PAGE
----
In each issue, this section of the Salutation Newsletter will highlight potential uses for the Salutation Architecture. We aim to prod your thinking as you visualize how Salutation might benefit your business. First we'll describe how someone might use Salutation-enabled products and services to solve a problem, then we'll take the covers off and show you how Salutation technology made the scenario possible.

Network Plug and Play

The promise of getting new office equipment and simply plugging it into a network port has been documented for years. But have you ever seen it work? You need the LAN administrator to build a directory record for the device, notify all users of its existence, load device driver in user's desk top environments, assign security codes, and so on.

Wouldn't it be great if the Getting Started manual for your new multi-function office machine simply read, "Position the unit in a convenient location and plug the power cord into the power outlet. Plug the LAN cable in to the LAN access port. Turn on the power switch."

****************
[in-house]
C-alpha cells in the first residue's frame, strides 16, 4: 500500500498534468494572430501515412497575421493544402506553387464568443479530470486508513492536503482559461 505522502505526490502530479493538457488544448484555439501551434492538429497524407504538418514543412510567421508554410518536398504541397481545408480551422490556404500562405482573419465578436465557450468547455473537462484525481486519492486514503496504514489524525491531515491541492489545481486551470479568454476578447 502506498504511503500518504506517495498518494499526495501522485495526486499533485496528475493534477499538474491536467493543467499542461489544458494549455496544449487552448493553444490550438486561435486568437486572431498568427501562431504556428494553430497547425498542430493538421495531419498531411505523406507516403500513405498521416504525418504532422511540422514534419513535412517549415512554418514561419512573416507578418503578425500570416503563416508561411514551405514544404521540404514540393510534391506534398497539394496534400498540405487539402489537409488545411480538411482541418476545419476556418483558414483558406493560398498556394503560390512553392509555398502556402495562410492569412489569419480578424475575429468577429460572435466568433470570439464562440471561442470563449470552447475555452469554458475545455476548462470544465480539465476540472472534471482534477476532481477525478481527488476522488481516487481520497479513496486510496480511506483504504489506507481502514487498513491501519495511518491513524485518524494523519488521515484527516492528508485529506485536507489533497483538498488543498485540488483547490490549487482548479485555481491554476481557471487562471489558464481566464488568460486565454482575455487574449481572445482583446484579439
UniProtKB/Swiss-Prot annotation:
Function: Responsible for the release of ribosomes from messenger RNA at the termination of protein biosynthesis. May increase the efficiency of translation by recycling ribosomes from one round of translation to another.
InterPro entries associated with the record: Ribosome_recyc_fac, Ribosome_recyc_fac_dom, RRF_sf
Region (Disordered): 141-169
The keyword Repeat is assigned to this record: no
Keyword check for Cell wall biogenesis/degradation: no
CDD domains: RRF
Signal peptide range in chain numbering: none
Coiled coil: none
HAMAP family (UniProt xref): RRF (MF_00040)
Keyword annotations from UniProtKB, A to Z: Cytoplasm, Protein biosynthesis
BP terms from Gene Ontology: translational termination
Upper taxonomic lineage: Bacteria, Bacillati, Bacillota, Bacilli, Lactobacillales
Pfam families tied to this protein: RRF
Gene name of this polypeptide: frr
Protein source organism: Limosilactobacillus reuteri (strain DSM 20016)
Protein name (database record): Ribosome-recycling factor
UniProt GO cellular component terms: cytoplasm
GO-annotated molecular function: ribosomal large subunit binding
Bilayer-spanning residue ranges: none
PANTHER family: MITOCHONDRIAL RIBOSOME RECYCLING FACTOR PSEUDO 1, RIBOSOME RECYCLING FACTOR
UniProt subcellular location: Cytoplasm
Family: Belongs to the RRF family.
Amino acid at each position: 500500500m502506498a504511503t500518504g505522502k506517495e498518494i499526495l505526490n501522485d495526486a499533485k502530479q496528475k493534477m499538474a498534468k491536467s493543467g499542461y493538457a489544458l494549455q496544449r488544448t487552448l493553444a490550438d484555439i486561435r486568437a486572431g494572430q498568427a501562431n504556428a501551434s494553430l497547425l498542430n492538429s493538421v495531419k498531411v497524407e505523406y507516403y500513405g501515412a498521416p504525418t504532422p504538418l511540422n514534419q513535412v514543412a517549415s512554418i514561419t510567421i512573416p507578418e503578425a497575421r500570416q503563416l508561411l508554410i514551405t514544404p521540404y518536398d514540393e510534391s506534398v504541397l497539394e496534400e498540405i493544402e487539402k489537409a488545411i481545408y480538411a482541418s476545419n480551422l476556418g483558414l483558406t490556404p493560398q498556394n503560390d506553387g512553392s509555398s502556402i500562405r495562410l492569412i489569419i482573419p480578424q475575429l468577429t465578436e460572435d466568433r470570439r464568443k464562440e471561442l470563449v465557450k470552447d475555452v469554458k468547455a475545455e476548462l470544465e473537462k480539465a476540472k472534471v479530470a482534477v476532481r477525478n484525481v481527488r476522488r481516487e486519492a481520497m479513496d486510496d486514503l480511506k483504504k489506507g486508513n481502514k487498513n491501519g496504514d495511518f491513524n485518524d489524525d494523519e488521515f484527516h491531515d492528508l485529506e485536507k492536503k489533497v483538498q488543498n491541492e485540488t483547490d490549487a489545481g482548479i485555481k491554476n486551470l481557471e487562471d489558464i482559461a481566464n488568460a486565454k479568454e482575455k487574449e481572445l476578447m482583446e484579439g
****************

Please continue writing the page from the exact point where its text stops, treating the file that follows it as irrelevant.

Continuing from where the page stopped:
You guessed it, Salutation Architecture can do this for you.

Salutation Behind the Scenes

1. When turned on, the multi-function device uses the Salutation Exchange SLM-ID protocol sequence to locate the other Salutation enabled devices on the network. This is also a signal to the Salutation enabled LAN Administration software that a new device has entered the network.

2. The LAN Administration software issues a Query Capabilities protocol sequence to the newly attached device. In response, our new multi-function device returns a series of Functional Unit Description Records detailing the Print, Document Storage and Fax capabilities it contains. As part of this exchange, the device specifies its 'public' security code.